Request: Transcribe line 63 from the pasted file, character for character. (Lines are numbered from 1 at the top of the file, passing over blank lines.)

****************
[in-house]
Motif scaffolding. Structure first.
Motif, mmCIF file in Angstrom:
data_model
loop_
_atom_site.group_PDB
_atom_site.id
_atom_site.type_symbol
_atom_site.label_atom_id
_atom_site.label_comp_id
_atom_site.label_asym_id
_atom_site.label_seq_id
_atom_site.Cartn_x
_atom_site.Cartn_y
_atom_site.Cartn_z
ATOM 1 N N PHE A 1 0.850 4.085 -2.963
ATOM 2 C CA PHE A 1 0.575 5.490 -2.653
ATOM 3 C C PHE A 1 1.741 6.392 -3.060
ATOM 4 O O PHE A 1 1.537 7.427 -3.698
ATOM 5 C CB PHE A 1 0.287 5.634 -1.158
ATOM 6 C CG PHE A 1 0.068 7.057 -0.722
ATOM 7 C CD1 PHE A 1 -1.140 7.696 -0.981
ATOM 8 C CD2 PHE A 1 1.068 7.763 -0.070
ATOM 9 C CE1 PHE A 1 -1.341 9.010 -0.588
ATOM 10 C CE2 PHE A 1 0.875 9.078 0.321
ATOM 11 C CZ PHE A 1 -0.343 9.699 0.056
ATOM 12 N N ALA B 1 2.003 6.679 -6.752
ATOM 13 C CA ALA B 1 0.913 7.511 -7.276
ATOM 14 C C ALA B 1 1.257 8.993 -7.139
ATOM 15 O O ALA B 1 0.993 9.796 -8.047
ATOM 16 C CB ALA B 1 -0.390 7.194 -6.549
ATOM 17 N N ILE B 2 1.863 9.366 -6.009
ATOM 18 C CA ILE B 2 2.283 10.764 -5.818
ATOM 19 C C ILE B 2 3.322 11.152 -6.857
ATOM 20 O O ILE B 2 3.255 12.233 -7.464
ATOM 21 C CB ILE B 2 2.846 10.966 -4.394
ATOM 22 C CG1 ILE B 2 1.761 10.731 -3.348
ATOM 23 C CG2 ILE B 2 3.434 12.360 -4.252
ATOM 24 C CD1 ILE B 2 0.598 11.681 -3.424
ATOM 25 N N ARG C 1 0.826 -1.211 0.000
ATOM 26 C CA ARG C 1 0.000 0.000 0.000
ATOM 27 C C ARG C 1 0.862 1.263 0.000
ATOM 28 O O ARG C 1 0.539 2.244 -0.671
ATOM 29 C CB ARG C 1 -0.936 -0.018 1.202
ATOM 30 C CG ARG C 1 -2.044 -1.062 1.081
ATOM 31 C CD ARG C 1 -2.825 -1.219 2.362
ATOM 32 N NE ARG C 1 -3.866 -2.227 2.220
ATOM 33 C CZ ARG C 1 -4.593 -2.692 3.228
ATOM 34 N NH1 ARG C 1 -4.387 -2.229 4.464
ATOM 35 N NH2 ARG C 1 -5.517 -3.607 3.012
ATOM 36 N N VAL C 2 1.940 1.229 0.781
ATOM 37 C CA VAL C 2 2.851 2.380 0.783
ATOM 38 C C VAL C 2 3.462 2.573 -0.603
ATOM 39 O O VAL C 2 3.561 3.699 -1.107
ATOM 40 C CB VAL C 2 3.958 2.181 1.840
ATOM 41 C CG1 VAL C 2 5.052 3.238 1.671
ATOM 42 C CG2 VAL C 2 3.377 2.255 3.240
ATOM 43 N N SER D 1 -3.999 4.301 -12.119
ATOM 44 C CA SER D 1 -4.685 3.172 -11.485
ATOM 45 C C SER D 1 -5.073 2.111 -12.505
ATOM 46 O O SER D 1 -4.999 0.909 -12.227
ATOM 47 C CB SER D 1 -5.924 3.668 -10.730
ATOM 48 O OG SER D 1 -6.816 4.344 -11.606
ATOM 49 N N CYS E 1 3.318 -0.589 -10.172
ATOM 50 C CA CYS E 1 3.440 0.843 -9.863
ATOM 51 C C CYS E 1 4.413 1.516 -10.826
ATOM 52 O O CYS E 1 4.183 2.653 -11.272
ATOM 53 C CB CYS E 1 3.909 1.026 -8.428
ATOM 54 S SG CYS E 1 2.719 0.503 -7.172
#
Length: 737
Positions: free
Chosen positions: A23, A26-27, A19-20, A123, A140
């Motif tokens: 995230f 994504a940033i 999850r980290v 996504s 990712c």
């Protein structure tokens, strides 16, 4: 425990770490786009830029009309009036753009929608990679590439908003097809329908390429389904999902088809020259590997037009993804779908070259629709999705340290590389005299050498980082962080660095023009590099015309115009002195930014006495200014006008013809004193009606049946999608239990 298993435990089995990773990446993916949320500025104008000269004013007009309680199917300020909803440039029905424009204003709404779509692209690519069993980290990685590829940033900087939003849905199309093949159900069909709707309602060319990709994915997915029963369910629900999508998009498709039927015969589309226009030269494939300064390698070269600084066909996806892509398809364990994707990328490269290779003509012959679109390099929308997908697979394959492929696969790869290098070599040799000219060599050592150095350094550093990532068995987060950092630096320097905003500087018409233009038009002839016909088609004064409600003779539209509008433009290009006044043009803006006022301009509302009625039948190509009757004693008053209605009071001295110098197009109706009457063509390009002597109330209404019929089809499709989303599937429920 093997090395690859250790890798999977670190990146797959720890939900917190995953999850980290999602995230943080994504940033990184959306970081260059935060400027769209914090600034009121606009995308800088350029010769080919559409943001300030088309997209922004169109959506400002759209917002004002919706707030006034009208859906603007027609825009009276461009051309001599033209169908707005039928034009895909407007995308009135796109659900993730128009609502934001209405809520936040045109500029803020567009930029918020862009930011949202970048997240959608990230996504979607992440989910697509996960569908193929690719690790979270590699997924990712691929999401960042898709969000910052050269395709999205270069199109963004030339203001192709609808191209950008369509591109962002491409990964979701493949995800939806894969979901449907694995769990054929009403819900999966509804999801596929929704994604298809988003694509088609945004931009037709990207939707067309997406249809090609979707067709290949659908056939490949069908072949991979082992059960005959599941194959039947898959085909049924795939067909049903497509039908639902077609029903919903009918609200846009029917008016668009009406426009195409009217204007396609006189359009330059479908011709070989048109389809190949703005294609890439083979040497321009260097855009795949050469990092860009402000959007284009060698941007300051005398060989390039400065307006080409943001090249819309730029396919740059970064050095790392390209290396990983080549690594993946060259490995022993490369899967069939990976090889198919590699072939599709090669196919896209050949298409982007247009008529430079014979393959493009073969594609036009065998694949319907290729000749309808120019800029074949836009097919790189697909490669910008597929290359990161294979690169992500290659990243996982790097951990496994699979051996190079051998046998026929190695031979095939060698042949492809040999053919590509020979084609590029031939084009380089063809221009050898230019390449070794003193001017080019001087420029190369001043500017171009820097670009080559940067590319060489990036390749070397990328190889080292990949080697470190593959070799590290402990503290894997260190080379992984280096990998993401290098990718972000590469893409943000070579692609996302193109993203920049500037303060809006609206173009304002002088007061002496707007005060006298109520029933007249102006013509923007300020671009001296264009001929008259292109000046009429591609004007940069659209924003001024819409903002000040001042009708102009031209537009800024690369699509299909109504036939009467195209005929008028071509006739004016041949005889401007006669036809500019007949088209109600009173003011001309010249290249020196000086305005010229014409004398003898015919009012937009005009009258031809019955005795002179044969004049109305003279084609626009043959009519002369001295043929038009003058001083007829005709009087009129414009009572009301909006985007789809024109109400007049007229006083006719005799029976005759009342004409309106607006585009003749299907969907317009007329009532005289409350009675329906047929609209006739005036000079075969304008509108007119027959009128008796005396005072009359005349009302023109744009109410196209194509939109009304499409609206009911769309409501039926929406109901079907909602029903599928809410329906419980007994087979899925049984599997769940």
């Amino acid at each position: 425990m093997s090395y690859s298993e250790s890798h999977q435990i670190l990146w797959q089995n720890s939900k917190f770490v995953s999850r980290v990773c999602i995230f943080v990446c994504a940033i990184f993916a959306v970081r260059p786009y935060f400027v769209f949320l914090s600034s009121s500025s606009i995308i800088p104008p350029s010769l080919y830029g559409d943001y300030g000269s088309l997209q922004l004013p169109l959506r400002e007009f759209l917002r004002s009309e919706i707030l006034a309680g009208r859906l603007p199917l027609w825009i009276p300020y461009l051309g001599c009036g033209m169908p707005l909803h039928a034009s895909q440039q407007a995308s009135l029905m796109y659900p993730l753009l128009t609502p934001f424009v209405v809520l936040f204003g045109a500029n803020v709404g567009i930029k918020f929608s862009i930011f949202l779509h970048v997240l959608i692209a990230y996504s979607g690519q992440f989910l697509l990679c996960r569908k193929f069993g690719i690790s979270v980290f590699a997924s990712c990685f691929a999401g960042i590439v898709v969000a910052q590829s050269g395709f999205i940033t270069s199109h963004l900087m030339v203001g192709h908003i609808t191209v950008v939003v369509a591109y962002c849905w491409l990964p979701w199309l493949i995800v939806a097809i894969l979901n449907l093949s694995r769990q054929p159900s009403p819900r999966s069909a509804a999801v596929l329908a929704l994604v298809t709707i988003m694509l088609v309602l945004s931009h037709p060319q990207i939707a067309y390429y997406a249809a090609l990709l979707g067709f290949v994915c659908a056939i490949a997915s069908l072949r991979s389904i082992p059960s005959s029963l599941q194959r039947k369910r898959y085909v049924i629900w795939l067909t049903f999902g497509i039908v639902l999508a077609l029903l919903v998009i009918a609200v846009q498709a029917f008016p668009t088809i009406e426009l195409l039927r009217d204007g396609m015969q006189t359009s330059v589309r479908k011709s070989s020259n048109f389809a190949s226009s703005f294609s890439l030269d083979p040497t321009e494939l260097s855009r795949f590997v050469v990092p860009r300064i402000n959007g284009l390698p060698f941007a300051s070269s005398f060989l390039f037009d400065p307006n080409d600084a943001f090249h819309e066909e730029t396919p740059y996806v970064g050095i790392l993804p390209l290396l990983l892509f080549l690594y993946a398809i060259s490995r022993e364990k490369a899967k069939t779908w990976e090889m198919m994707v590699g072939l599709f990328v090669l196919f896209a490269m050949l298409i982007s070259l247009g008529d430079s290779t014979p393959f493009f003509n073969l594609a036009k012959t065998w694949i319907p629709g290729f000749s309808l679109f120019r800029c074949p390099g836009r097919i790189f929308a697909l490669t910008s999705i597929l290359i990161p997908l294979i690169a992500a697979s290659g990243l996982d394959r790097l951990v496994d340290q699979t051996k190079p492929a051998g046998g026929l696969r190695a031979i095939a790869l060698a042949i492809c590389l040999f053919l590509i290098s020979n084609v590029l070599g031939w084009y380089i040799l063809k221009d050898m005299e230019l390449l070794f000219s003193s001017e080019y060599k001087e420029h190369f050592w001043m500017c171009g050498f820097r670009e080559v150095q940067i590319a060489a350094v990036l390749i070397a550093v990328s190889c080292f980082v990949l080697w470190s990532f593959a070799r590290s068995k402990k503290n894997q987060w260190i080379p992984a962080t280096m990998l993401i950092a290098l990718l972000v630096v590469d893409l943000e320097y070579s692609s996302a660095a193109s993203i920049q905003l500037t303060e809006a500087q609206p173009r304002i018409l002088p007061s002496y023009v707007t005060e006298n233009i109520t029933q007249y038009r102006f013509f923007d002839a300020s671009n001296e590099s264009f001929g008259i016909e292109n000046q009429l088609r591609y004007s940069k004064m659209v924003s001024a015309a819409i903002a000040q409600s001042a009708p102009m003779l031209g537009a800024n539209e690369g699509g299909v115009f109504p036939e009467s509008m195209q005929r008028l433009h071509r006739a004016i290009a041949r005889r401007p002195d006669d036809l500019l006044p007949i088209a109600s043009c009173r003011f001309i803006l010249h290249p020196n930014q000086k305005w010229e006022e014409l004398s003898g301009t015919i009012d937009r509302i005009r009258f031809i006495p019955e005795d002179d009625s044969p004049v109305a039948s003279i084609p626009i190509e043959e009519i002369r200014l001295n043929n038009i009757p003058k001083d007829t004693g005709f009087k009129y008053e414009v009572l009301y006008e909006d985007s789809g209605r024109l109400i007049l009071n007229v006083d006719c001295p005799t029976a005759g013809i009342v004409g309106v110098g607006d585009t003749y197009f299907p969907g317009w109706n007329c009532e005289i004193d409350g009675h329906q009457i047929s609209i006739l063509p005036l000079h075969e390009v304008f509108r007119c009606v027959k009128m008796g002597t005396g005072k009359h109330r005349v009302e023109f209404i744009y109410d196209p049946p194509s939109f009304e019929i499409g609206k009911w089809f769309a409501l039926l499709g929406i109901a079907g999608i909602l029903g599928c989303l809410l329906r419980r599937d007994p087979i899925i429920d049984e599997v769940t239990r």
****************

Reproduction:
ATOM 48 O OG SER D 1 -6.816 4.344 -11.606